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Security Expert Urges Patience By Airline Passengers

U.S. aviation security consultant urges passengers to be more receptive to the use of full body scans at international airports.

A aviation security consultant is urging passengers heading for the United States to be more receptive of increased security measures designed to reduce the risk of terrorism on international flights.

The use of new scanning technology and baggage searches has been mandated by the U.S. Transportation Security Agency (TSA) for passengers on flights to the United States from 14 nations deemed to be sponsors of terrorism or of special interest.

The use of the new scanning technology has become a sensitive issue for those passengers who are concerned about privacy. The scans reveal objects underneath a subject's clothing.

But security experts note that privacy concerns and modesty have to be balanced with the nation's security needs. "I think we as a people, need to give up certain of our rights," said airline security consultant Douglas Laird.

Laird, a former security director for Northwest Airlines, said increased security is for the good of all. "In other words, do you want to keep the bomb off the airplane?" He said most people may find the full-body scan far less intrusive than a complete body pat down search.

In order to reduce the threat of airline terrorism, Laird suggests that body scan technology be deployed at European airports that have flights into the United States." Until that technology is in place, "we should be demanding that all individuals on those flights be physically searched prior to boarding the flight," Laird said.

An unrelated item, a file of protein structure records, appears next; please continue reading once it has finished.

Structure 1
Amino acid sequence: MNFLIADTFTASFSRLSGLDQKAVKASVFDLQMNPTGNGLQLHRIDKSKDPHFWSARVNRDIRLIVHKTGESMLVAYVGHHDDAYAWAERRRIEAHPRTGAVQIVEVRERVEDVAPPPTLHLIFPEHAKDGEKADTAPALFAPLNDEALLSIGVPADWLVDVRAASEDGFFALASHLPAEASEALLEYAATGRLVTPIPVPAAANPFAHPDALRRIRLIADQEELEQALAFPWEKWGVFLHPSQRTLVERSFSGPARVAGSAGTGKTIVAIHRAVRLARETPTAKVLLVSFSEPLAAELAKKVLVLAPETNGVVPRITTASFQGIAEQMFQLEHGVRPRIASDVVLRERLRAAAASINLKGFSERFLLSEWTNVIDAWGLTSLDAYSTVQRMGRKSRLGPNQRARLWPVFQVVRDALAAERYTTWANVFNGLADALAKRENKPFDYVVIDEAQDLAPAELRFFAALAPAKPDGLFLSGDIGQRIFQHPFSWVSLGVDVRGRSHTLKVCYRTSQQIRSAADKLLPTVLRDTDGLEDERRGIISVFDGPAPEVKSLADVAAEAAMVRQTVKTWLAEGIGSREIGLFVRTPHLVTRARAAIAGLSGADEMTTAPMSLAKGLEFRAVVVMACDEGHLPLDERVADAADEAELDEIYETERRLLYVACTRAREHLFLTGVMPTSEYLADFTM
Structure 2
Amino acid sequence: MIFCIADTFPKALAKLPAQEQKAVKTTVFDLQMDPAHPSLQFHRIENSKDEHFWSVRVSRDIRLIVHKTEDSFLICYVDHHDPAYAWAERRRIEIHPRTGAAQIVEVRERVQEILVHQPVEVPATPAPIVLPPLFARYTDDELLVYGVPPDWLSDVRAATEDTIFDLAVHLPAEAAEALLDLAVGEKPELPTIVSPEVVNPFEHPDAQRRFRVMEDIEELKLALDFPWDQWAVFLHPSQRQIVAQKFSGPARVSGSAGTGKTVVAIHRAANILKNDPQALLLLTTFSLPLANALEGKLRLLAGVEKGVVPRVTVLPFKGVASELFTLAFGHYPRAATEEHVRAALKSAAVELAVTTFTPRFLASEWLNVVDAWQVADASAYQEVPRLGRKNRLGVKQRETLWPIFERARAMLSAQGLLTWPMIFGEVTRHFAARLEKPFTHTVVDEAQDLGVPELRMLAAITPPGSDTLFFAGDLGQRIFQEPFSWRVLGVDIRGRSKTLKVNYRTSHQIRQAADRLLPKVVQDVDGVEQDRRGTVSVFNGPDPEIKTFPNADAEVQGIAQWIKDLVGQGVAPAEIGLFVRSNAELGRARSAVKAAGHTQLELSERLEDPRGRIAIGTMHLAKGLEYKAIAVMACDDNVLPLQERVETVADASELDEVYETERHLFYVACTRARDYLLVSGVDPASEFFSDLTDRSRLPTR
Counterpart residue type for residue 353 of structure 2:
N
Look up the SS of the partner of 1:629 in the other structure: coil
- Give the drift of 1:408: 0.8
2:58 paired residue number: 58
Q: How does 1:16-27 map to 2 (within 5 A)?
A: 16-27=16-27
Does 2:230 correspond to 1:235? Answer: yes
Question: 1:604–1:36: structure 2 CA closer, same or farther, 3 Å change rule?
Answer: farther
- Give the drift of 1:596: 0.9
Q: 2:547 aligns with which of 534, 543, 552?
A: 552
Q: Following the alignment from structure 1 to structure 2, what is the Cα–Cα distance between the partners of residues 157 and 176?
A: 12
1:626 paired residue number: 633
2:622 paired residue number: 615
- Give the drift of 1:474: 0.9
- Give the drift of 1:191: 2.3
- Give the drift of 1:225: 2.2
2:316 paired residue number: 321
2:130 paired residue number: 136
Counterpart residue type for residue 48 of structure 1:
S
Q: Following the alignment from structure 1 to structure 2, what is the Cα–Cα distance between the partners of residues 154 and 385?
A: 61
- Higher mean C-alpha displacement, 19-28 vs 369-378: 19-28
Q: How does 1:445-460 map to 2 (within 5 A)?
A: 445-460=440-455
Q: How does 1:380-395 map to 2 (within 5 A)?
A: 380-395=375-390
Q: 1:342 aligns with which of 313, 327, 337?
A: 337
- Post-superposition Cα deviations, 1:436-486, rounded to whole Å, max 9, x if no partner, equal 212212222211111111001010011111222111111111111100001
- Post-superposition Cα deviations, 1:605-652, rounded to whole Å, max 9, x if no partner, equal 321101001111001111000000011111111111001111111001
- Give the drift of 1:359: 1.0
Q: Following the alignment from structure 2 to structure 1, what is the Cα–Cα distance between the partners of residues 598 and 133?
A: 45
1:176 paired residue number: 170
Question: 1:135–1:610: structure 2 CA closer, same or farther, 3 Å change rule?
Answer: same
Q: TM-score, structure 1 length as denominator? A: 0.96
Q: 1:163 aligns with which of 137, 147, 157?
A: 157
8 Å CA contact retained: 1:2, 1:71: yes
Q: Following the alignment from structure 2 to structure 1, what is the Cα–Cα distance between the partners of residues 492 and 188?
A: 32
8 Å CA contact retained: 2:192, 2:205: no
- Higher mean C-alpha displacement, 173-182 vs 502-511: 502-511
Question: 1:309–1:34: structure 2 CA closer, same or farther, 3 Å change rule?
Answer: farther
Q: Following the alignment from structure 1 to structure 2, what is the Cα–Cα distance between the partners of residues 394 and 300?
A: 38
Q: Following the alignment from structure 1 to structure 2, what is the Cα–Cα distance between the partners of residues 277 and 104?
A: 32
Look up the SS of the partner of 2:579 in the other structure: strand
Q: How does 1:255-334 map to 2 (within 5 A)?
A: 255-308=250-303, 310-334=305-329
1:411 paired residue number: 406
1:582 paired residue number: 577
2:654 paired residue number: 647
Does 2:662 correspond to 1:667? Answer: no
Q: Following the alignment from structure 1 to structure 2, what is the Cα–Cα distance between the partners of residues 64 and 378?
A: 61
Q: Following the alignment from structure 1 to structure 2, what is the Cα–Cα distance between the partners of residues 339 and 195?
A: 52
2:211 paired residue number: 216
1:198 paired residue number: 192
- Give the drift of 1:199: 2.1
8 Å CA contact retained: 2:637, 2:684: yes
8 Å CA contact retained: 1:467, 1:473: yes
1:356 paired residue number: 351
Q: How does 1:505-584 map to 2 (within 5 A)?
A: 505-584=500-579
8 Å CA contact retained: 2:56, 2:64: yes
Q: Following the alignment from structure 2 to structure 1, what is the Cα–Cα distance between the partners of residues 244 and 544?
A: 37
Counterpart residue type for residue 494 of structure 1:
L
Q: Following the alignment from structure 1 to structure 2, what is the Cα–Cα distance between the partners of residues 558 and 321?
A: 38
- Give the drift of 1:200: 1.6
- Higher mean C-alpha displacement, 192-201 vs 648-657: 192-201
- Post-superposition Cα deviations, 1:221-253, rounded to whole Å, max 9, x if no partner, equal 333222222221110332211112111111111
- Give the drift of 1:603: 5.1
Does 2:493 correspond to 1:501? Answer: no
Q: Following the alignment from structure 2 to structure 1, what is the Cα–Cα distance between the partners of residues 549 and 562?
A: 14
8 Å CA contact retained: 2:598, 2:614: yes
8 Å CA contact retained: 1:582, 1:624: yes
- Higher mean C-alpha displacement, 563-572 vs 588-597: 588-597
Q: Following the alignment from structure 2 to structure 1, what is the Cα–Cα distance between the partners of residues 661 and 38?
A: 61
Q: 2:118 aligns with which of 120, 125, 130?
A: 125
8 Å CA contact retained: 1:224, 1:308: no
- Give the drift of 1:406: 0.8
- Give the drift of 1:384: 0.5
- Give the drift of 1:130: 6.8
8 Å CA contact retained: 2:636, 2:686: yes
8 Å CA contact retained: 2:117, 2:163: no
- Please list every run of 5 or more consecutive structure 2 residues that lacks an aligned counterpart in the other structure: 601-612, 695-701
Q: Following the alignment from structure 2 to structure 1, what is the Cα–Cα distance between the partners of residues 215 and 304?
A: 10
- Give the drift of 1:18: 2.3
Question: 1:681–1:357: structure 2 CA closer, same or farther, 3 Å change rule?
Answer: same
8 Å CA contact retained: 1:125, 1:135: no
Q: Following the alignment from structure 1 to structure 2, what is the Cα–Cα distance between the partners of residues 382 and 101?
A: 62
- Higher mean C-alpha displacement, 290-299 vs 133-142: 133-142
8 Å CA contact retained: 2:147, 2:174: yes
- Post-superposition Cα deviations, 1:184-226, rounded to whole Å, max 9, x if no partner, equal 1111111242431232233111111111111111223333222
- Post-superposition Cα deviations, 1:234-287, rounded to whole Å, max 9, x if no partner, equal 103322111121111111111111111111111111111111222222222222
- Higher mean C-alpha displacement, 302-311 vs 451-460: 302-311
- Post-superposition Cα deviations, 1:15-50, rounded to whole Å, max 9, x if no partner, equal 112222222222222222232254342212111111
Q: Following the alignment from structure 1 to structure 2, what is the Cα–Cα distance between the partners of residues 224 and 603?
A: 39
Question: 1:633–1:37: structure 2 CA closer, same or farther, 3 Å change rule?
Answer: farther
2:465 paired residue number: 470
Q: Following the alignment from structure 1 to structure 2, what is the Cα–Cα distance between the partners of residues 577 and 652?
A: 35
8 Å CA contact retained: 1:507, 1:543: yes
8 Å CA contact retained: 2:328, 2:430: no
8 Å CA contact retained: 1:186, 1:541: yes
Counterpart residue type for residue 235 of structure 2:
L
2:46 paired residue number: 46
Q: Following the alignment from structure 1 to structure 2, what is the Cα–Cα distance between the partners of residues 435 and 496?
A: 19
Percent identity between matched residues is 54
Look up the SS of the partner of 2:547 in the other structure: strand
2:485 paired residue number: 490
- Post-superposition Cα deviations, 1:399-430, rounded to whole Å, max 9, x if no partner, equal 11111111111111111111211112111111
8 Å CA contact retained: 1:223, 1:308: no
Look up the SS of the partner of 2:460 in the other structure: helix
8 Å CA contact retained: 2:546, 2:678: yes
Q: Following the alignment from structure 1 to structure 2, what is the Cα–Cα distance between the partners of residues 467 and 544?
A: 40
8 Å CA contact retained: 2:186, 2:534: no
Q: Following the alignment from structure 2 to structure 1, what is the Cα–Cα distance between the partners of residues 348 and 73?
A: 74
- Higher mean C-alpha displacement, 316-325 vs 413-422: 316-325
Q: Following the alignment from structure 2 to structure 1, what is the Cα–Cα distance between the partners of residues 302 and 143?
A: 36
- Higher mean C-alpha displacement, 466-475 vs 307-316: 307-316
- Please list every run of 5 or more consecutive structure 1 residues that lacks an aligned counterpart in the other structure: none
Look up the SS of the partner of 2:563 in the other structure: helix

Laird warns that while the recent Christmas Day bombing attempt failed, "don't for a minute think that they (terrorists) are not going to keep trying."

Laird's comments come as the European Union is considering new measures to boost overall airport security, including the use of body-scanning technology that has raised privacy concerns. The British government has also called for the quick deployment of full body scanners that can detect security threats by showing what is concealed under people's clothing. In Italy, Foreign Minister Franco Frattini voiced support for the scanners, saying they are worth the "sacrifice" of privacy.

On Tuesday (5 January), the Canadian government announced that it is buying 44 full body scanners to be installed in its airports. Canadian Transport Minister John Baird announced that passengers flying to the United States from Canada will face thorough body searches and that a ban of all carry-on bags is now in place.

The U.S. government has increased security screening for people traveling "from or through nations that are state sponsors of terrorism," listed by the State Department as Cuba, Iran, Sudan and Syria -- as well as "other countries of interest" -- Afghanistan, Algeria, Iraq, Lebanon, Libya, Nigeria, Pakistan, Saudi Arabia, Somalia and Yemen.